Too many ships at anchor are a sign that something is not right at port, according to Professor Trevor Heaver of the UBC Sauders School of Business in Vancouver. Lessons can be learnt from other ports that have found solutions to this problem - such as Newcastle in Australia, where a freighter accident inspired improvements in the system (photo).
An article in this week's Driftwood of June 3 explains how sharing of information and a new Vessel Arrival System (VAS) at port could be used for bringing in cargo ships just when needed, and thus reduce the need for wasteful time at anchorage. Read the article here.
The editorial of the Driftwood of June 3, 2020, calls on residents to sign our letter to federal ministers at the website of the No Freighter Anchorages Alliance, and states that unless a serious mass of residents becomes involved and makes it an election issue, the Gulf Islands waters will continue to be used as a holding tank for massive cargo ships.
Read the Editorial: Anchorage use must be addressed.
World Oceans Day, 8-June 2020:
Virtual Ocean Festival
Where better celebrate World Oceans Day than on an island?
Salt Spring Island may become a magnet of attraction for this newest island tradition, in which we are also participating.
This year a real festival is not possible. The Ocean Defenders are a group of young islanders who are organizing a virtual festival on and around June 8.
Join the event!
End of January and Early February 2020: Record Highs of Anchored Freighters Observed in the Gulf Islands:
Vessel numbers waiting at port have been building up during winter (see graph, numbers are from weekly grain monitoring reports by Quorum Corp).
The root cause appears to be inefficiencies in synchronizing the scheduling of commodities and ships. The arrival of ships is poorly coordinated. We see times when more ships arrive than the port can handle even under normal conditions. Ships keep piling up. The situation is not under control and needs to be fixed.
Rainy weather conditions in January made loading more difficult, adding to the problem. There is missing flexibility in delaying the ETA of incoming ships.
Were record highs caused by train and port blockades of protests against the LNG-pipeline through Wet'suwet'en territory? No, the congestion and record highs of waiting ships ocurred before the protests, and before potential effects of the corona virus.
Are blockades a concern for ship congestions at port? Depending on the extent and length of blockades, there is a possibility that interruptions in the supply chain could add to longer waiting times of ships at anchor. It also depends whether the industry is able to adjust traffic in response to congestions, or if ships simply keep arriving at a normal rate.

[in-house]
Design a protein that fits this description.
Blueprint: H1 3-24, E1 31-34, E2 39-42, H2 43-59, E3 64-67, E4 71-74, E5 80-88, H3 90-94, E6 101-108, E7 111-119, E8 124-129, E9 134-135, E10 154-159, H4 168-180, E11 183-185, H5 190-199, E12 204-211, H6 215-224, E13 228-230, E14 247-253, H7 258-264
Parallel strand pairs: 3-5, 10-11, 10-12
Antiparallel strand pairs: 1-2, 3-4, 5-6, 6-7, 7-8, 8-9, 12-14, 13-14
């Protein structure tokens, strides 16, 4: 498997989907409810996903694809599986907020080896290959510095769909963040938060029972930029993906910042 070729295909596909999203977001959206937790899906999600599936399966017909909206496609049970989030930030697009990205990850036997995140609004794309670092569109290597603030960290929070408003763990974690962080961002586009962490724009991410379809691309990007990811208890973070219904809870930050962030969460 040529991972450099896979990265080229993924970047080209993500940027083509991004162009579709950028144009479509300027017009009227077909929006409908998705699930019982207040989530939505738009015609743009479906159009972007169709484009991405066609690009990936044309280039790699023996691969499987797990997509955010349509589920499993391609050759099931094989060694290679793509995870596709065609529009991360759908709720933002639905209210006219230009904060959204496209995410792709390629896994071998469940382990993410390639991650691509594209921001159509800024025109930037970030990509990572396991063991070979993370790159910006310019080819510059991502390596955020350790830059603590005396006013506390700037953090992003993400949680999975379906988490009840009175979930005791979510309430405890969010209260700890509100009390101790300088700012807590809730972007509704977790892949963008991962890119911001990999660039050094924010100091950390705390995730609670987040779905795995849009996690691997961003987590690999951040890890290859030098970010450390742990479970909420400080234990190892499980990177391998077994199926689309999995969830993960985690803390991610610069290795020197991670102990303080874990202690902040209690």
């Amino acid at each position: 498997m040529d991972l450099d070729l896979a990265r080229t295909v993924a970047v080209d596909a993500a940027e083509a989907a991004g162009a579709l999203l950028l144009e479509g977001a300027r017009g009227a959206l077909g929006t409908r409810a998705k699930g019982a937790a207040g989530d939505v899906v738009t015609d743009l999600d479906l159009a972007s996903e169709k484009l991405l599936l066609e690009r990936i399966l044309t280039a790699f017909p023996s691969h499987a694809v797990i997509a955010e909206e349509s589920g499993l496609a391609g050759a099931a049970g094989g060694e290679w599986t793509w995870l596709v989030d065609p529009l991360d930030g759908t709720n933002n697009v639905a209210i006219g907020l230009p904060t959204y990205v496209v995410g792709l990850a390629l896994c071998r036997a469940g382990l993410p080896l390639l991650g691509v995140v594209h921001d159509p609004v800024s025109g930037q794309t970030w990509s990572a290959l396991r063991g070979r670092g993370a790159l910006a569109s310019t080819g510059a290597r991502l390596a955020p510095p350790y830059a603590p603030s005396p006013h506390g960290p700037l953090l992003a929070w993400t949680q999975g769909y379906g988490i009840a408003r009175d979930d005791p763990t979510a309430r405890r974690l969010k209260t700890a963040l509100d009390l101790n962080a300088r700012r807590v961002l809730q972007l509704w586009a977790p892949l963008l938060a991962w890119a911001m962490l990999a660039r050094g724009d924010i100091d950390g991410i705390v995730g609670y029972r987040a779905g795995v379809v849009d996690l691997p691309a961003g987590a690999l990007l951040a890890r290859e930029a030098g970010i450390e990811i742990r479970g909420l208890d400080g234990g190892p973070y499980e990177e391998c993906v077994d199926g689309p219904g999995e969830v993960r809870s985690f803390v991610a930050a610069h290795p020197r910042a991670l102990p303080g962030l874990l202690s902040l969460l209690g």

New Video: Trouble in the Salish Sea
Local First Nations and coastal community groups are demanding Transport Canada, Environment Canada, and DFO (Dept of Fisheries and Oceans) put an end to this harmful spillover of commercial activity from the Port of Vancouver.
We have joined forces and become a member of the 'South Coast Ship Watch Alliance', a coalition of community groups in the Southern Gulf Islands and adjacent Vancouver Island opposing anchorages for large sea-going vessels.
Watch the 3 minute video and join other Salt Spring Islanders supporting the coalition's ongoing campaign.
24-July-2019: Freighters bound for US destinations anchor at Salt Spring Island.
Large seagoing vessels bound for the United States have discovered a loop hole in the inefficiencies at Port Vancouver. They are now using free parking in Canadian waters for maintenance and other tasks.
The heavy load carrier 'Combi Dock I' had anchored just off Ganges Harbour and angered many residents with excessive noise of testing their cranes and equipment in the first half of July. The vessel was now spotted at Anacortes, WA.
These developments raise serious concerns. Inefficiencies at Port Vancouver and delays in loading grain are not the whole story with the expansion of industrial anchorages into the Gulf Islands.
Please see our page on Port Call Optimization. The Port of Vancouver wants to be the world's greenest port. There are solutions - but tolerating inefficiencies and sending industrial vessels and their pollution to the protected Gulf Islands is not one of them.
10-June-2019: Parks Canada's public consultation on National Conservation Marine Areas, regarding their proposed changes to the policy and new regulations.
Most likely, all of Salt Spring Island's surrounding waters will be Zone 4 (Multiple Use).
While the package with pretty pictures and soothing words looks very attractive, the facts are sobering.
Parks Canada is planning to allow the industrialization of this zone. Except for a no to drilling for oil and gas, there would be little or no protection.
The following will still be allowed: Freighter & Tanker Anchorages, giant Windmills and other Power Plants, Industrialized Aquaculture on shorelines, Commercial and Industrial Fishing with contact to the ocean floor, and more.
Please read our assessment and consider sending a letter to Parks Canada and other officials that industrialization is not compatible with a Marine Conservation Area for our islands.
03-May-2019: DFO Consultation on their recovery strategy for the Southern Resident Orca Population:
Members of our group submitted that the noise from anchoring vessels has so far been ignored. Although of less intensity than the noise from moving ships, this constant chronic noise is likely to contribute to stress and reduced health.
Anchorages in Captain's Passage (Salt Spring Island) and Plumper Sound (Mayne/Pender/Saturna) are in or at the edge of the mapped 'critical habitat' for Orcas, and therefore these anchorages should be eliminated.
If you would like to become involved, feel free to get in touch.